Environmental factors, as well as an individual’s genetics and physical and mental health, can weaken the body’s immune system, slowing the response to a COVID-19 vaccines.
Decades of research show that depression, stress, loneliness, and poor health behaviours can weaken the body’s immune system and lower the effectiveness of COVID-19 vaccines. A new report suggests that the same may be true for the new COVID-19 vaccines that are in development and the early stages of global distribution.
The report was published in Perspectives on Psychological Science.
Fortunately, it may be possible to reduce these negative effects with simple steps like exercise and sleep.
Vaccines are among the safest and most effective advances in medical history, protecting society from a wide range of otherwise devastating diseases, including smallpox and polio. The key to their success, however, is ensuring that a critical percentage of the population is effectively vaccinated to achieve so-called herd immunity.
Even though rigorous testing has shown that the COVID-19 vaccines approved for distribution in the United States are highly effective at producing a robust immune response, not everyone will immediately gain their full benefit. Environmental factors, as well as an individual’s genetics and physical and mental health, can weaken the body’s immune system, slowing the response to a COVID-19 vaccines.
This is particularly troubling as the novel coronavirus continues to rage across the world, trigging a concurrent mental health crisis as people deal with isolation, economic stressors, and uncertainty about the future. These challenges are the same factors that have been previously shown to weaken COVID-19 vaccines efficacy, particularly among the elderly.
“In addition to the physical toll of COVID-19, the pandemic has an equally troubling mental health component, causing anxiety and depression, among many other related problems. Emotional stressors like these can affect a person’s immune system, impairing their ability to ward off infections,” said Annelise Madison, a researcher at The Ohio State University and lead author on the paper.
“Our new study sheds light on vaccine efficacy and how health behaviors and emotional stressors can alter the body’s ability to develop an immune response. The trouble is that the pandemic in and of itself could be amplifying these risk factors.”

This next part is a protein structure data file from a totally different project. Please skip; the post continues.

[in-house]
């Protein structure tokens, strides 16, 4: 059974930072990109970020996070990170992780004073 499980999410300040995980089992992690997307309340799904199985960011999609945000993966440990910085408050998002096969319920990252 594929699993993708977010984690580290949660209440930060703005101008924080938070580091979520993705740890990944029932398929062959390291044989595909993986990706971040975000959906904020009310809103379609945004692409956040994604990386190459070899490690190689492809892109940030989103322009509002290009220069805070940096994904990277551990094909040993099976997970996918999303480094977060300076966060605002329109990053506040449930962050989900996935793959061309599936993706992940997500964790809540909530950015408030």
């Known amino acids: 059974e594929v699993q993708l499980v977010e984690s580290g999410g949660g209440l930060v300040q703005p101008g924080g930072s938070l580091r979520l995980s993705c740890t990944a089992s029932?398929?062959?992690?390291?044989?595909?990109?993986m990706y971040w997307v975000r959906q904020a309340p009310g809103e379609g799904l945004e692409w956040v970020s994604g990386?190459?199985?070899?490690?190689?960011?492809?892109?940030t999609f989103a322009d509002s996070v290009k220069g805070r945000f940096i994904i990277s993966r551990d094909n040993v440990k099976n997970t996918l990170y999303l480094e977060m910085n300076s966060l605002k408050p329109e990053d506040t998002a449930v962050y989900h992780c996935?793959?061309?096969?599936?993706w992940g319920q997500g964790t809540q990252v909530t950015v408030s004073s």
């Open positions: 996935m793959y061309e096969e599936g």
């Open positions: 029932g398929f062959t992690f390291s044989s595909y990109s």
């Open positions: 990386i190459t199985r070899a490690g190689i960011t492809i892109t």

Vaccines work by challenging the immune system. Within hours of a vaccination, there is an innate, general immune response on the cellular level as the body begins to recognize a potential biological threat. This frontline response by the immune system is eventually aided by the production of antibodies, which target specific pathogens. It is the continued production of antibodies that helps to determine how effective a vaccine is at conferring long-term protection.
“In our research, we focus most heavily on the antibody response, though it is just one facet of the adaptive immune system’s response,” said Janice Kiecolt-Glaser, director of the Institute for Behavioral Medicine Research at The Ohio State University and senior author on the paper.
The good news, according to the researchers, is that the COVID-19 vaccines already in circulation are approximately 95% effective. Even so, these psychological and behavioural factors can lengthen the amount of time it takes to develop immunity and can shorten the duration of immunity.
“The thing that excites me is that some of these factors are modifiable,” said Kiecolt-Glaser. “It’s possible to do some simple things to maximize the vaccine’s initial effectiveness.”
Based on prior research, one strategy the researchers suggest is to engage in vigorous exercise and get a good night’s sleep in the 24 hours before vaccination so that your immune system is operating at peak performance. This may help ensure that the best and strongest immune response happens as quickly as possible.
“Prior research suggests that psychological and behavioural interventions can improve vaccine responsiveness. Even shorter-term interventions can be effective,” said Madison.
“Therefore, now is the time to identify those at risk for a poor immune response and intervene on these risk factors.”